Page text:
Opportunities arise for farmers and ag lenders from the 2018 farm bill.
By Whitt Steineker and Jared Batte
Hemp, one of the nation’s oldest and most versatile crops, is poised for a resurgence following the passage of the 2018 farm bill. That legislation codifies the distinction between hemp and marijuana and removes hemp from the scope of the Controlled Substances Act. This should be a welcome development for agricultural lenders — who have largely avoided any association with hemp for decades — as it will allow them to access a now-legal industry that is expected to generate billions of dollars of potential deposits in the next few years.
What Is Hemp?
In order to fully appreciate the significance of the hemp provisions in the new farm bill, it is first helpful to understand the difference between hemp and marijuana. Marijuana and hemp are different strains of the Cannabis sativa L plant. The CSA historically made no distinction between marijuana and hemp. However, the 2018 legislation defines hemp as any part of the Cannabis sativa L plant, including all derivatives, provided that the plant contains less than 0.3 percent tetrahydrocannabinol (THC). Any Cannabis sativa L plant or derivative thereof with a higher THC level is considered marijuana, which remains an illegal substance under the CSA. Because THC is the psychoactive ingredient in marijuana that produces the feeling of being “high,” the critical difference between marijuana and hemp is that hemp will not produce a “high.”
Millennia of experience also demonstrates hemp’s impressive versatility as a crop that has been used to make numerous industrial products — including clothes, food, building materials and others — and the modern economy shows a tremendous potential market for hemp-derived health and wellness products.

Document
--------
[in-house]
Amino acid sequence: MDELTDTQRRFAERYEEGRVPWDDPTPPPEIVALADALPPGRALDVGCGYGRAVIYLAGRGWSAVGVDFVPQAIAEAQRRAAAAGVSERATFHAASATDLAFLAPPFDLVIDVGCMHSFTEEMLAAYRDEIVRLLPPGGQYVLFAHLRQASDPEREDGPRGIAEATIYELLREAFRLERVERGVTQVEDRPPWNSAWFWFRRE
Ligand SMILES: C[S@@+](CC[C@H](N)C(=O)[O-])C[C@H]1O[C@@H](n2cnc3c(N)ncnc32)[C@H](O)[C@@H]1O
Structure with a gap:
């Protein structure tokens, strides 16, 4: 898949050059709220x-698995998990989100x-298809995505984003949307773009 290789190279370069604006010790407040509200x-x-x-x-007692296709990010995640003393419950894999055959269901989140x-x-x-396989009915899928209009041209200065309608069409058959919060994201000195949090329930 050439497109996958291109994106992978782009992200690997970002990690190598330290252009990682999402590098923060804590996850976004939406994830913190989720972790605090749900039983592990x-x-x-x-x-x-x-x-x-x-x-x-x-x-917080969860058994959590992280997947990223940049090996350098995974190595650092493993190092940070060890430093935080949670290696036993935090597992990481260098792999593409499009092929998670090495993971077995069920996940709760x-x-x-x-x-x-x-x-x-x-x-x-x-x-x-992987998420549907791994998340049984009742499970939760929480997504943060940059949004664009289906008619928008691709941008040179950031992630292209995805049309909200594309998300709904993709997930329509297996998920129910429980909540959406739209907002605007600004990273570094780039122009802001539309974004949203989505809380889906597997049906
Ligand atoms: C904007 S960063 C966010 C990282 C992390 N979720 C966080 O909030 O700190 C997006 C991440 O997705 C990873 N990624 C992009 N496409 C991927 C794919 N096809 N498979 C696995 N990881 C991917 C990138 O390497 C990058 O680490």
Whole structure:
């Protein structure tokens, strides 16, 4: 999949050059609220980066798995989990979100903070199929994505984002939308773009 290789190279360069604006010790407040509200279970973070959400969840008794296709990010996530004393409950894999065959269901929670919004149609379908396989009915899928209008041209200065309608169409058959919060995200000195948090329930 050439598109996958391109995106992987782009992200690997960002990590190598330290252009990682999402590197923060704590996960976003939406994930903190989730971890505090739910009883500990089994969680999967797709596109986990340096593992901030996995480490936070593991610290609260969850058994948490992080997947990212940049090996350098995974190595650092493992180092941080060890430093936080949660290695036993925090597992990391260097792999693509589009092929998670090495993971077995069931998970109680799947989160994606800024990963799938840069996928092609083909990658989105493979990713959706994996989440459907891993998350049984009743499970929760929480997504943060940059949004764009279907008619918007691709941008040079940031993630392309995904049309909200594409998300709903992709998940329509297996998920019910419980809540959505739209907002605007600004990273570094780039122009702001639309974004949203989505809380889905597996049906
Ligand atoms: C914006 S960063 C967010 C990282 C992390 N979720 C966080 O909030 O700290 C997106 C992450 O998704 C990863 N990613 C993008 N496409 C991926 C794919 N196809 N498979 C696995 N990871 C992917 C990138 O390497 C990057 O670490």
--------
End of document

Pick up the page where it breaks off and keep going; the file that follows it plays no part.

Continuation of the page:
Federal and State Regulation of Hemp
Congress first distinguished hemp and marijuana based upon THC content with the passage of the 2014 farm bill. That legislation legalized hemp production for research purposes through state-licensed “pilot programs.” To date, as many as 38 states have implemented a version of these pilot programs.
Under the 2018 farm bill, states can elect to regulate hemp production by submitting a regulatory plan to the U.S. Department of Agriculture. The plan must include procedures for, among other things, maintaining land records for hemp fields, testing the THC level in hemp, destroying hemp that contains unlawful THC levels and undertaking enforcement actions upon the discovery of negligent and/or criminal activity. Notably, states may impose more restrictive requirements than these, but a state may not restrict the transportation of hemp across or within its borders. If a state elects not to submit a plan to regulate hemp within its borders, the USDA will have primary responsibility for regulating hemp cultivation in that state.
Before the USDA will approve any state plan, the agency will issue rules and regulations to provide more specificity than what is currently outlined by the current farm bill. The agency has begun the rulemaking process and intends to have final regulations by the fall of 2019. In the meantime, states can continue to operate pilot programs under the 2014 farm bill, and these programs will continue for one year after the agency issues the new regulations.